Empathy in Patient Care

Hojat, Mohammadreza

Primary Category: Literature / Nonfiction

Genre: Treatise

Annotated by:
Coulehan, Jack
  • Date of entry: Dec-08-2009
  • Last revised: Dec-07-2009


Dr. Hojat's comprehensive survey of empathy in medicine is subtitled "Antecedents, Developments, Measurement, and Outcomes." He begins by carefully distinguishing empathy from related concepts or qualities, like sympathy and compassion; and by clarifying the cognitive, as opposed to affective, nature of empathy. Essentially, empathy creates our sense of connectedness with other human beings and, to a limited extent, with some animals. After sketching its evolutionaly and neurological substrates, Hojat then summarizes research in measuring empathy, with particular emphasis on empathy in the clinical setting.

The Jefferson Scale of Physician Empathy (JSPE), developed by Hojat, is among the most useful and well-validated self-report survey instruments. This scale is also available in a form to be completed by patients, the Jefferson Scale of Patient's Perception of Physician Empathy (JSPPPE). Hojat presents the results of numerous studies using the JSPE and other instruments to asses medical student and physician empathy. For example, some evidence suggests that female physicians are more empathic than male physicians, that students with higher empathy scores are more likely to engage in prosocial behavior, and that primary care attracts medical students who score higher in empathy. There is also a considerable body of evidence showing that empathic engagement with patients by physicians leads to better health outcomes.

The chapter on enhancement of empathy is especially important for medical education. Hojat reviews various methods for enhancing clinical empathy, including, for example, communication skills training, systematic "shadowing," teaching narrative skills, and study of literature and the arts. He concludes "research shows that empathy can be enhanced effectively by dedicated educational programs," although such programs face many obstacles in the current context of medical education.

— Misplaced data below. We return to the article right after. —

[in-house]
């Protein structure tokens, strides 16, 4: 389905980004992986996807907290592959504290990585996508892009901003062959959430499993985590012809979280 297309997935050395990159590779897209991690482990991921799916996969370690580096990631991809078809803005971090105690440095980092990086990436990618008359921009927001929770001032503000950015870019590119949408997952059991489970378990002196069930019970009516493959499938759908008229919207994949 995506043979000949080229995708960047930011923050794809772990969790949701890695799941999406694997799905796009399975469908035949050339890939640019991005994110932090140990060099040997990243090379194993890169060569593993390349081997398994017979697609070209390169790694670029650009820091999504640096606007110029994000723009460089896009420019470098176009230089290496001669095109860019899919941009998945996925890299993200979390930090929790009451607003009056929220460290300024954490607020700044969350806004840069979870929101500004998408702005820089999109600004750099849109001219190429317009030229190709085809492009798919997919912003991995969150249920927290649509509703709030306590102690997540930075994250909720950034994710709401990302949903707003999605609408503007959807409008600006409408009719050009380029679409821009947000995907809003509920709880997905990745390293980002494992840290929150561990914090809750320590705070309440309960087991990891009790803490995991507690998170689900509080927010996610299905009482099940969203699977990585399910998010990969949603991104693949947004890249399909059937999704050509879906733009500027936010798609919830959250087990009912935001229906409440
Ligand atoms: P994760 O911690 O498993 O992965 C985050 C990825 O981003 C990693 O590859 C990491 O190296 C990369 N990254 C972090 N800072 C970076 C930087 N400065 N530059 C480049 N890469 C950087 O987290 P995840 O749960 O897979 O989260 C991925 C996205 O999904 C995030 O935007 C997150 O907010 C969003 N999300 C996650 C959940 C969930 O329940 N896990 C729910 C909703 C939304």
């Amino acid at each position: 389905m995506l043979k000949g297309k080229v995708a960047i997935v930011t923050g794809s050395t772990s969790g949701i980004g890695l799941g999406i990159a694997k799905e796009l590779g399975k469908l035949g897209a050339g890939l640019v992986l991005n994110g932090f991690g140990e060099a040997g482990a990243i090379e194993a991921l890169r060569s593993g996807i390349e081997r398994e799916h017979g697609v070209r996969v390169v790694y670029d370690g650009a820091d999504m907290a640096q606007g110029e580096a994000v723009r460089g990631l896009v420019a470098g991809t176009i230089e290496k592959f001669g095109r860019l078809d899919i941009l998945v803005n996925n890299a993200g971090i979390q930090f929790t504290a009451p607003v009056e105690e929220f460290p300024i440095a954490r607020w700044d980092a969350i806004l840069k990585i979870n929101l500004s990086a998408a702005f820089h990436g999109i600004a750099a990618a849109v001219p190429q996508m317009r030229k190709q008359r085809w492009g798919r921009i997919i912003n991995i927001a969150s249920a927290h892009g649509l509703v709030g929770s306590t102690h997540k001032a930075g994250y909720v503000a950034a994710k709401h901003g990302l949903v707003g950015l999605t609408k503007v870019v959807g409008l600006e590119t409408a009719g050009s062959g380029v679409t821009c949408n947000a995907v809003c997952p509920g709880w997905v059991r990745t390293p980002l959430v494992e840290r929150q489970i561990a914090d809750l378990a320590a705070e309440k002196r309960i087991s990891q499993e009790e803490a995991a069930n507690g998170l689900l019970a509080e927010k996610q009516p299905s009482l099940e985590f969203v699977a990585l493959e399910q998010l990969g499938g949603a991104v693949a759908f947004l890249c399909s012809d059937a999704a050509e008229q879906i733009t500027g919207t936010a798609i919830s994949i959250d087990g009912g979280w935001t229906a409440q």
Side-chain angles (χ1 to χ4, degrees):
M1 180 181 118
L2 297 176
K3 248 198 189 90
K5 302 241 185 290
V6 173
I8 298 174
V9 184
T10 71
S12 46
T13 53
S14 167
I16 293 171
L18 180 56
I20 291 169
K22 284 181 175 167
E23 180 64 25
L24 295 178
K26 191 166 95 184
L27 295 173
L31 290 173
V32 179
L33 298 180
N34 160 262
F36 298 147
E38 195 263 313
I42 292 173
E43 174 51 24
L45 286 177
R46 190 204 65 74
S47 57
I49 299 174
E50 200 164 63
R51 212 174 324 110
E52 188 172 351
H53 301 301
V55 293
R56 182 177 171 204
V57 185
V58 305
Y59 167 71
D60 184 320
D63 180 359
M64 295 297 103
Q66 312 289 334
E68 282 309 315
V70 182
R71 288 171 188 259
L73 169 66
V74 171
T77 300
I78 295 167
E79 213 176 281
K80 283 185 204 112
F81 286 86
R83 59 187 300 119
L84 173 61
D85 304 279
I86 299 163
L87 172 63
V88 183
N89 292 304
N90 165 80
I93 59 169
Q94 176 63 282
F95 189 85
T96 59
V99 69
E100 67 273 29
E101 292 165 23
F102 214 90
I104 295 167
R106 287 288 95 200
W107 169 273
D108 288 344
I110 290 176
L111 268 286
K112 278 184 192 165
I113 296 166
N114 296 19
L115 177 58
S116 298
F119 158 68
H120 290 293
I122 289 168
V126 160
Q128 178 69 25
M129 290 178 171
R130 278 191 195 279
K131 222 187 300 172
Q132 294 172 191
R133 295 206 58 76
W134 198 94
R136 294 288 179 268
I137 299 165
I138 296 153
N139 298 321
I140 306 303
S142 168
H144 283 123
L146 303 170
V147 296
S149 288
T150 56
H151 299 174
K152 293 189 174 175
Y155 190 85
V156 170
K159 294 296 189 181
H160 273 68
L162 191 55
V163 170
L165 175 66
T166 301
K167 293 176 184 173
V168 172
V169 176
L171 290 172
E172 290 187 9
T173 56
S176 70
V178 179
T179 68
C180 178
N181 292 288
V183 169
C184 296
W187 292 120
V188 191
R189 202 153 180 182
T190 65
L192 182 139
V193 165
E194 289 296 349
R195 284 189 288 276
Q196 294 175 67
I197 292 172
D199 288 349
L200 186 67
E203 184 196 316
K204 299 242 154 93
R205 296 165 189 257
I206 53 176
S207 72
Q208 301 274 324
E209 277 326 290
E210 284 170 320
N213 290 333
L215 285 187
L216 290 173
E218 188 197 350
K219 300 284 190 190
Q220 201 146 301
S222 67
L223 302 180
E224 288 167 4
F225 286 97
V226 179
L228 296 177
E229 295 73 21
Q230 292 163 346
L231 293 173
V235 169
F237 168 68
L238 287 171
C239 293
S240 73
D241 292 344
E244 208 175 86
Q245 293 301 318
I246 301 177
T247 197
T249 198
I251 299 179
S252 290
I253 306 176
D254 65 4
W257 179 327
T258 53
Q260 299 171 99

Dr. Hojat has performed an important service by providing us with this lucid, well-organized, and comprehensive study of clinical empathy. He is one of the most experienced and productive investigators in the field; the JSPE and JSPPPE constitute significant steps forward in measuring perceived empathy.

Conceptualizing and measuring clinical empathy presents a complex problem. In particular, the affective vs. cognitive distinction, in which empathy is ascribed to the latter but not the former, seems somewhat artificial, given our current knowledge of the deep connection between cognition and emotion. Likewise, the notion that a set of self-reported qualities could effectively function as an accurate measure of empathy-in-action seems either wrong or, more likely, incomplete. However, Hojat is aware of this and is moving toward more comprehensive approaches to evaluation. His Empathy in Patient Care is an absolutely essential book for all students of empathy and the clinician-patient relationship.

Primary Source

Empathy in Patient Care



Place Published

New York



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